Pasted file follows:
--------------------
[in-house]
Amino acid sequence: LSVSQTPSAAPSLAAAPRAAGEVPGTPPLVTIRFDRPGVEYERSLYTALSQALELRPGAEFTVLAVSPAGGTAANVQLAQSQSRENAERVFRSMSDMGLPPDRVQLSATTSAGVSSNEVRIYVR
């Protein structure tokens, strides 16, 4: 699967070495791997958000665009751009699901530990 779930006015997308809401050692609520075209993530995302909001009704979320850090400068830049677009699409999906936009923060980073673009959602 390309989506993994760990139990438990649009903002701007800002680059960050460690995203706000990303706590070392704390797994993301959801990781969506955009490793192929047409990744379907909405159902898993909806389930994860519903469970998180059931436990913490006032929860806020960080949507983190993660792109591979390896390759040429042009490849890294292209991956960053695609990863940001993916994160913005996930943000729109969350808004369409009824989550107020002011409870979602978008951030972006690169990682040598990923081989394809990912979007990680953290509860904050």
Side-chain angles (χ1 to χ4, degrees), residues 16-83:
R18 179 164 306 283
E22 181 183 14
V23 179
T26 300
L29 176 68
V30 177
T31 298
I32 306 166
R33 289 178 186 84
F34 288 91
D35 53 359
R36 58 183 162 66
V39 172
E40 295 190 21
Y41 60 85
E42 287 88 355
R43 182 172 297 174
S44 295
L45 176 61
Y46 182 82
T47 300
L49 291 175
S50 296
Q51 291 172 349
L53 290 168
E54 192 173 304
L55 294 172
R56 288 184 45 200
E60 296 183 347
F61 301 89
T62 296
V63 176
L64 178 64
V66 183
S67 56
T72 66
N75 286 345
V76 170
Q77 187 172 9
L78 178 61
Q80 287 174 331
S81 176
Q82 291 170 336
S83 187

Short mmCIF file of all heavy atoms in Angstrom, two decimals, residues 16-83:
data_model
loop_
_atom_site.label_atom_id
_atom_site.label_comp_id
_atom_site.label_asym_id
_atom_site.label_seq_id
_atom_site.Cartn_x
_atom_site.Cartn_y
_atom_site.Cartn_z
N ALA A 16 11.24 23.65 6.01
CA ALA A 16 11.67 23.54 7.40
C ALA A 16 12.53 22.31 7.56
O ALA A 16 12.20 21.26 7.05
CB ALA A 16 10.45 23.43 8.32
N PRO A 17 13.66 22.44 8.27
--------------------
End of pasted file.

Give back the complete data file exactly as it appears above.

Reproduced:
[in-house]
Amino acid sequence: LSVSQTPSAAPSLAAAPRAAGEVPGTPPLVTIRFDRPGVEYERSLYTALSQALELRPGAEFTVLAVSPAGGTAANVQLAQSQSRENAERVFRSMSDMGLPPDRVQLSATTSAGVSSNEVRIYVR
């Protein structure tokens, strides 16, 4: 699967070495791997958000665009751009699901530990 779930006015997308809401050692609520075209993530995302909001009704979320850090400068830049677009699409999906936009923060980073673009959602 390309989506993994760990139990438990649009903002701007800002680059960050460690995203706000990303706590070392704390797994993301959801990781969506955009490793192929047409990744379907909405159902898993909806389930994860519903469970998180059931436990913490006032929860806020960080949507983190993660792109591979390896390759040429042009490849890294292209991956960053695609990863940001993916994160913005996930943000729109969350808004369409009824989550107020002011409870979602978008951030972006690169990682040598990923081989394809990912979007990680953290509860904050």
Side-chain angles (χ1 to χ4, degrees), residues 16-83:
R18 179 164 306 283
E22 181 183 14
V23 179
T26 300
L29 176 68
V30 177
T31 298
I32 306 166
R33 289 178 186 84
F34 288 91
D35 53 359
R36 58 183 162 66
V39 172
E40 295 190 21
Y41 60 85
E42 287 88 355
R43 182 172 297 174
S44 295
L45 176 61
Y46 182 82
T47 300
L49 291 175
S50 296
Q51 291 172 349
L53 290 168
E54 192 173 304
L55 294 172
R56 288 184 45 200
E60 296 183 347
F61 301 89
T62 296
V63 176
L64 178 64
V66 183
S67 56
T72 66
N75 286 345
V76 170
Q77 187 172 9
L78 178 61
Q80 287 174 331
S81 176
Q82 291 170 336
S83 187

Short mmCIF file of all heavy atoms in Angstrom, two decimals, residues 16-83:
data_model
loop_
_atom_site.label_atom_id
_atom_site.label_comp_id
_atom_site.label_asym_id
_atom_site.label_seq_id
_atom_site.Cartn_x
_atom_site.Cartn_y
_atom_site.Cartn_z
N ALA A 16 11.24 23.65 6.01
CA ALA A 16 11.67 23.54 7.40
C ALA A 16 12.53 22.31 7.56
O ALA A 16 12.20 21.26 7.05
CB ALA A 16 10.45 23.43 8.32
N PRO A 17 13.66 22.44 8.27